The intention of this higher power is always to push us, more or less gently, roughly or violently into situations that hold the opportunity to upgrade our selves from the inside-out.

Therefore, the Higher Power has an unshakable expectation of each one of us suddenly dropped into a choreography we neither understand nor accept as our opportunity to shine.

To paraphrase Shaykh Al-Akbar, the great Sufi master, it is true that we are the cloud over our own sunshine.

Love to love me: Be that as it may, whether we front up to the challenge to the best of our authentic ability – or not – is always entirely up to us. That is, provided we have enough control over the childlike nature of our ego-persona to exercise true free will.

Still, another facet of the male psyche worth exploring is Man’s dichotomous reaction to his biological mother.

As long as his mother behaves independently, Man adores her as the young child he once was. However, should she become needy, more demanding of his love [time and attention] than he is willing to grant her, Man no longer feels any joy being his mother’s boy.

One will do as well as the other: When his emotions whisper to his ear that ‘Mom’, no longer as obliging as Cortina or Siri, has become repressive, conflict brews and often spills over rather messily. His mother’s neediness mirrors the demands Man used to make as a child, just as much as it reflects the current, hurtful but silent demands he places on the women closest to him, most often his partner/wife, the intended mother substitute par excellence. And also on female ‘attendants’ and colleagues.

Give it to her, and it will get done: Man abhors the reflection projected back at him by the Mother, the Mirror.

That might go some way in explaining why hospital doctors so often appear detached while conducting their daily tours of wards, relying on data read off their portable screens instead of engaging directly with the patient and, as they move on, calling out orders to the accompanying nurses – mostly always women.

Equally, one cannot ignore how the upper echelons of management and financing of most caregiving centres, from pre-schools to hospices, lie in the hands of men. Profit is the end-game. The means is the sum of daily, often thankless, hands-on caregiving services entrusted mainly to the care of nurses, carers and social workers – generally women

In previous generations when families lived together, then, too, it was mostly the women, sisters, daughters, aunts and cousins who cared for the parents and grandparents on both sides. These days, rare are the sons and daughters who are willing to find the time to be hands-on, to create a physical space and tap into the necessary heart-emotions to care for their elderly parents – and, more importantly, to care for them with love.

In this void of active compassion, Man and Woman are equal.

Active compassion: The industry of independent retirement living and nursing homes for the aged is booming worldwide – even in China, once reputed for having several generations under one roof.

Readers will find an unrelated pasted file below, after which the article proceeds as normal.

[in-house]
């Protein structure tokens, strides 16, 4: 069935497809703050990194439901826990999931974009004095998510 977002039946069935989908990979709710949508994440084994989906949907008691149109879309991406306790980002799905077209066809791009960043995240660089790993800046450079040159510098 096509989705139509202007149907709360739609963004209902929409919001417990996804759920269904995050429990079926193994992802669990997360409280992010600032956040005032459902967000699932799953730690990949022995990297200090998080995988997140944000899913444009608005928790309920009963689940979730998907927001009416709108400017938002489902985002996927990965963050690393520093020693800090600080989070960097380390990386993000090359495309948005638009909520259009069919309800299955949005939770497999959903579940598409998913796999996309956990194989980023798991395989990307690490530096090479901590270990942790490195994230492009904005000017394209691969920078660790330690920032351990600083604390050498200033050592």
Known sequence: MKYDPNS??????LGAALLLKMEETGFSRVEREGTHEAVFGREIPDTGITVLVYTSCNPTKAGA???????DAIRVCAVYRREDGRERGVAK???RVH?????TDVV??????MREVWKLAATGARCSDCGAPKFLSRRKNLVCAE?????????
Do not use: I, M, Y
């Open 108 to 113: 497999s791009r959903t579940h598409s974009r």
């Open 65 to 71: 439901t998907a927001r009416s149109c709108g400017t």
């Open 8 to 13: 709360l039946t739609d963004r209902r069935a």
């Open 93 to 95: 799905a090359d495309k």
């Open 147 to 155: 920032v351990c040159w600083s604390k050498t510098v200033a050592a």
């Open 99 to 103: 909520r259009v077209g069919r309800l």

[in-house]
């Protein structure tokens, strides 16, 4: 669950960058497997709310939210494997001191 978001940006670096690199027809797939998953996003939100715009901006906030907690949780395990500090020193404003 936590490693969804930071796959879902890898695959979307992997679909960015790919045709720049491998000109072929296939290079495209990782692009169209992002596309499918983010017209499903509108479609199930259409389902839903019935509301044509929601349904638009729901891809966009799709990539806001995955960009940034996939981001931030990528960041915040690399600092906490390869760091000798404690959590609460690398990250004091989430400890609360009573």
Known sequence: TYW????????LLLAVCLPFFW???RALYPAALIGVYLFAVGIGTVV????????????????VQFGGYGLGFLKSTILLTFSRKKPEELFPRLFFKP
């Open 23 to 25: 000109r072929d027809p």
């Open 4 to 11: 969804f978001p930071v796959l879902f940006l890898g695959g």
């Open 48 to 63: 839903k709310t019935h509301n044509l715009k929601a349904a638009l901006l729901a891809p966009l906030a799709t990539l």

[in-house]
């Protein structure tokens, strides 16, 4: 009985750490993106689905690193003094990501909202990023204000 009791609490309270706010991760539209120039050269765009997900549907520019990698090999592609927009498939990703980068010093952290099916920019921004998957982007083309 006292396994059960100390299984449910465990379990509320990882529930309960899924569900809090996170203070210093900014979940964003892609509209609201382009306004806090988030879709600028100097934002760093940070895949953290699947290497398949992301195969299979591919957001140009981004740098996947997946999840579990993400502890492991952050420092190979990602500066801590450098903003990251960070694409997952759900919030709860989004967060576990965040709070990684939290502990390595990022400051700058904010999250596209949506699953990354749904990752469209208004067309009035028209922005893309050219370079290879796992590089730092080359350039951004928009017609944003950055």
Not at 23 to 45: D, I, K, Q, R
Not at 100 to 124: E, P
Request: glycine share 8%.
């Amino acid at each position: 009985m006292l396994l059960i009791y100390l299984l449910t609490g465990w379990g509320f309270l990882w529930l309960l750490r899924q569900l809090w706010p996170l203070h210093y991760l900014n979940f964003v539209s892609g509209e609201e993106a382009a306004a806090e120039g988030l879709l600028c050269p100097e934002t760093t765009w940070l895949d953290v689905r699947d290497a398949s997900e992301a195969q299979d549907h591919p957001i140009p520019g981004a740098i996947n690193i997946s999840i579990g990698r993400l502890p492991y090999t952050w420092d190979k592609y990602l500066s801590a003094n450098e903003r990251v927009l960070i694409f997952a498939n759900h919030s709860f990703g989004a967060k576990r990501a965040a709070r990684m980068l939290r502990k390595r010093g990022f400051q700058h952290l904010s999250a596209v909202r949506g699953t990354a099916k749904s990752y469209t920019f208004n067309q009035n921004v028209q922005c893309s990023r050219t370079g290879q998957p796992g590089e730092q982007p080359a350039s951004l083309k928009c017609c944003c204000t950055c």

There, a new law was passed in 2013, requiring all adults to provide mental and financial support to their elderly parents. Should they fail to honour this responsibility, they face fines and other punishments.

Here, in Australia, a bill was passed in 2011 to better serve and advance the rights of the elderly by protecting them from abuses and exploitation perpetrated by members of their family, usually their children, sometimes a carer or others whose karmic role it is to make their lives safe and comfortable.

Worldwide, while some older people feel they should end their lives to spare their family the ‘burden’ of looking after them others are routinely and subtlety coerced to take their life for the same reason.

Then, yes, in some families, a new opportunity to perform a positive karmic amendment has come to roost … exactly where and when it was needed.

Man’s emotional weakness is particularly evident in his need to constantly be with other men in staff rooms, in stadiums, in political gatherings, in pubs and clubs; to be a member of a particular clan, gang, group or political party.

This yearning highlights Man’s fear of loneliness as much as his strong need for the sorts of crutches he finds in his chosen male leaders, if only for a moment.

Man reveres masculine strength because of the weakness of his own character. Cognitive empathy, simply trying to understand how the other person feels, to give them the love they need gets transmuted to the activities in the physical realm.

Thus, Man always respects a strong leader, a financially successful man, a winner in sport, a rebel with attitude, a policeman with street cred, a charismatic sect or cell leader with ‘balls’ to fill his void.

In weakness, we fear: Some of these enablers espouse isolationist, protectionist, anti-Semitic ideas.  Others pass on evangelical theories to generate a sense of togetherness while others enable Man of all ages to live outside the law and participate in illegal behaviours. Some promise unconditional support, promising to become ‘family’.

Others simply provide an opportunity to appear hip, sullen and detached.

All types have been amply glorified by the media and the entertainment industry, but psychopathic traits such as cunning and manipulative, unable to feel remorse, unwilling to accept responsibility for actions, indulgent, parasitic lifestyle emerge when boys and men of all ages suffer an emotional disconnect.

© 2016 Carole Claude Saint-Clair

Man Under Stress – Weakness We Fear